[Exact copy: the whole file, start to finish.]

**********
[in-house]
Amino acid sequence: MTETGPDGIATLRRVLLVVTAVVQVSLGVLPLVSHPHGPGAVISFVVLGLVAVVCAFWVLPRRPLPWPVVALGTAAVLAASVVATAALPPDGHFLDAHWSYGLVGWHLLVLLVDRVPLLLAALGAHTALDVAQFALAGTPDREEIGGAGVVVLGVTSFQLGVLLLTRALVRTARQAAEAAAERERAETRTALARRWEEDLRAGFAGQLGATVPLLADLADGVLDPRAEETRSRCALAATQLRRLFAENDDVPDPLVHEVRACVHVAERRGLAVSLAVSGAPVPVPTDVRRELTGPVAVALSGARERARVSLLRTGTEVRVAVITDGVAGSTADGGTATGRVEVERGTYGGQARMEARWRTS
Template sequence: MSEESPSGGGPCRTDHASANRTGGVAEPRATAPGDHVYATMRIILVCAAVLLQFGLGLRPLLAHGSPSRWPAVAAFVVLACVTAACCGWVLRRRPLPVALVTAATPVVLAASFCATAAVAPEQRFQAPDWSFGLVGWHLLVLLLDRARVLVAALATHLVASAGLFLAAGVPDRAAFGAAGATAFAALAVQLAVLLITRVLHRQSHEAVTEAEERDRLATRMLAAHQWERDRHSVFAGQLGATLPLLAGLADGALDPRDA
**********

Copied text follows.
[in-house]
Amino acid sequence: MTETGPDGIATLRRVLLVVTAVVQVSLGVLPLVSHPHGPGAVISFVVLGLVAVVCAFWVLPRRPLPWPVVALGTAAVLAASVVATAALPPDGHFLDAHWSYGLVGWHLLVLLVDRVPLLLAALGAHTALDVAQFALAGTPDREEIGGAGVVVLGVTSFQLGVLLLTRALVRTARQAAEAAAERERAETRTALARRWEEDLRAGFAGQLGATVPLLADLADGVLDPRAEETRSRCALAATQLRRLFAENDDVPDPLVHEVRACVHVAERRGLAVSLAVSGAPVPVPTDVRRELTGPVAVALSGARERARVSLLRTGTEVRVAVITDGVAGSTADGGTATGRVEVERGTYGGQARMEARWRTS
Template sequence: MSEESPSGGGPCRTDHASANRTGGVAEPRATAPGDHVYATMRIILVCAAVLLQFGLGLRPLLAHGSPSRWPAVAAFVVLACVTAACCGWVLRRRPLPVALVTAATPVVLAASFCATAAVAPEQRFQAPDWSFGLVGWHLLVLLLDRARVLVAALATHLVASAGLFLAAGVPDRAAFGAAGATAFAALAVQLAVLLITRVLHRQSHEAVTEAEERDRLATRMLAAHQWERDRHSVFAGQLGATLPLLAGLADGALDPRDA